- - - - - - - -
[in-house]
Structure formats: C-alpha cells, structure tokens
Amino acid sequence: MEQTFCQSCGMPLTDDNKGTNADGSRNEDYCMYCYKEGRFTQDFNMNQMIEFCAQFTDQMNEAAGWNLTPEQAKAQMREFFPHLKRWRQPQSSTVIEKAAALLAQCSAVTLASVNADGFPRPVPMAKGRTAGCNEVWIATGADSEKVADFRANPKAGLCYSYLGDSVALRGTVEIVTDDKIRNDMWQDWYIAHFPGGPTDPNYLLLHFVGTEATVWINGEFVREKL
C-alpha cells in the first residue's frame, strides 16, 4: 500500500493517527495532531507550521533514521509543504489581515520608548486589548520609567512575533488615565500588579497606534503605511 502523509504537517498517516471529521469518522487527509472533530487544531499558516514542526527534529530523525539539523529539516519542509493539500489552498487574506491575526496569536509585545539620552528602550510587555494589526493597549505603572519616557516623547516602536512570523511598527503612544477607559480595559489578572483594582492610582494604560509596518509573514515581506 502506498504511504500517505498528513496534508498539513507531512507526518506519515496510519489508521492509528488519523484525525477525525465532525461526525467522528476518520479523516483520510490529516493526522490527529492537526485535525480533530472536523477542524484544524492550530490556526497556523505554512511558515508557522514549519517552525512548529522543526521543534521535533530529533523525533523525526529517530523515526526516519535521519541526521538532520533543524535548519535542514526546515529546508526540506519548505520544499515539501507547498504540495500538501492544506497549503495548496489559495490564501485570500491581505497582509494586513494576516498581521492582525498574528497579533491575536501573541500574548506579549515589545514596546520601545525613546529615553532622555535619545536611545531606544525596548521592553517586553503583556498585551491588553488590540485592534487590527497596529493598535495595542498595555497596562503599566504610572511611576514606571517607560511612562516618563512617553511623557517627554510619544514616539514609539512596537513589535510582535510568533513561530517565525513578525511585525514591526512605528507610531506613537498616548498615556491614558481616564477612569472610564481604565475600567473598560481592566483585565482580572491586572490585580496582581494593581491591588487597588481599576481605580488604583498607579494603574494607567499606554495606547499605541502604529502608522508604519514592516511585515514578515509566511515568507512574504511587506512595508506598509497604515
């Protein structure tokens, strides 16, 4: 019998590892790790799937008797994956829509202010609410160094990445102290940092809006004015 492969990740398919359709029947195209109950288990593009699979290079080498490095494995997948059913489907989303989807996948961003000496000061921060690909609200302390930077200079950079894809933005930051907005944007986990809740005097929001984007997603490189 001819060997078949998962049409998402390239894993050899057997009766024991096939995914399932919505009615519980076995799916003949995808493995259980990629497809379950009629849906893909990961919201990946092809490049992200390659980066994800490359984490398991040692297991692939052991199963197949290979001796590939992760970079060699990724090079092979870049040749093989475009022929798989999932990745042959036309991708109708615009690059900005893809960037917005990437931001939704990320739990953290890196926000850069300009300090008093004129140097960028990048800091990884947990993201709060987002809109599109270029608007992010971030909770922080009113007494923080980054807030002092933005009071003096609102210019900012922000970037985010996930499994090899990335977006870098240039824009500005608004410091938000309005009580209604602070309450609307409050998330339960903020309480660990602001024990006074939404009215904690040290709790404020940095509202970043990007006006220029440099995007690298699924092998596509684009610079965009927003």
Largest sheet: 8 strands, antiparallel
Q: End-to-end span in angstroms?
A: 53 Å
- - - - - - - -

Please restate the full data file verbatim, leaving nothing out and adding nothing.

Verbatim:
[in-house]
Structure formats: C-alpha cells, structure tokens
Amino acid sequence: MEQTFCQSCGMPLTDDNKGTNADGSRNEDYCMYCYKEGRFTQDFNMNQMIEFCAQFTDQMNEAAGWNLTPEQAKAQMREFFPHLKRWRQPQSSTVIEKAAALLAQCSAVTLASVNADGFPRPVPMAKGRTAGCNEVWIATGADSEKVADFRANPKAGLCYSYLGDSVALRGTVEIVTDDKIRNDMWQDWYIAHFPGGPTDPNYLLLHFVGTEATVWINGEFVREKL
C-alpha cells in the first residue's frame, strides 16, 4: 500500500493517527495532531507550521533514521509543504489581515520608548486589548520609567512575533488615565500588579497606534503605511 502523509504537517498517516471529521469518522487527509472533530487544531499558516514542526527534529530523525539539523529539516519542509493539500489552498487574506491575526496569536509585545539620552528602550510587555494589526493597549505603572519616557516623547516602536512570523511598527503612544477607559480595559489578572483594582492610582494604560509596518509573514515581506 502506498504511504500517505498528513496534508498539513507531512507526518506519515496510519489508521492509528488519523484525525477525525465532525461526525467522528476518520479523516483520510490529516493526522490527529492537526485535525480533530472536523477542524484544524492550530490556526497556523505554512511558515508557522514549519517552525512548529522543526521543534521535533530529533523525533523525526529517530523515526526516519535521519541526521538532520533543524535548519535542514526546515529546508526540506519548505520544499515539501507547498504540495500538501492544506497549503495548496489559495490564501485570500491581505497582509494586513494576516498581521492582525498574528497579533491575536501573541500574548506579549515589545514596546520601545525613546529615553532622555535619545536611545531606544525596548521592553517586553503583556498585551491588553488590540485592534487590527497596529493598535495595542498595555497596562503599566504610572511611576514606571517607560511612562516618563512617553511623557517627554510619544514616539514609539512596537513589535510582535510568533513561530517565525513578525511585525514591526512605528507610531506613537498616548498615556491614558481616564477612569472610564481604565475600567473598560481592566483585565482580572491586572490585580496582581494593581491591588487597588481599576481605580488604583498607579494603574494607567499606554495606547499605541502604529502608522508604519514592516511585515514578515509566511515568507512574504511587506512595508506598509497604515
């Protein structure tokens, strides 16, 4: 019998590892790790799937008797994956829509202010609410160094990445102290940092809006004015 492969990740398919359709029947195209109950288990593009699979290079080498490095494995997948059913489907989303989807996948961003000496000061921060690909609200302390930077200079950079894809933005930051907005944007986990809740005097929001984007997603490189 001819060997078949998962049409998402390239894993050899057997009766024991096939995914399932919505009615519980076995799916003949995808493995259980990629497809379950009629849906893909990961919201990946092809490049992200390659980066994800490359984490398991040692297991692939052991199963197949290979001796590939992760970079060699990724090079092979870049040749093989475009022929798989999932990745042959036309991708109708615009690059900005893809960037917005990437931001939704990320739990953290890196926000850069300009300090008093004129140097960028990048800091990884947990993201709060987002809109599109270029608007992010971030909770922080009113007494923080980054807030002092933005009071003096609102210019900012922000970037985010996930499994090899990335977006870098240039824009500005608004410091938000309005009580209604602070309450609307409050998330339960903020309480660990602001024990006074939404009215904690040290709790404020940095509202970043990007006006220029440099995007690298699924092998596509684009610079965009927003």
Largest sheet: 8 strands, antiparallel
Q: End-to-end span in angstroms?
A: 53 Å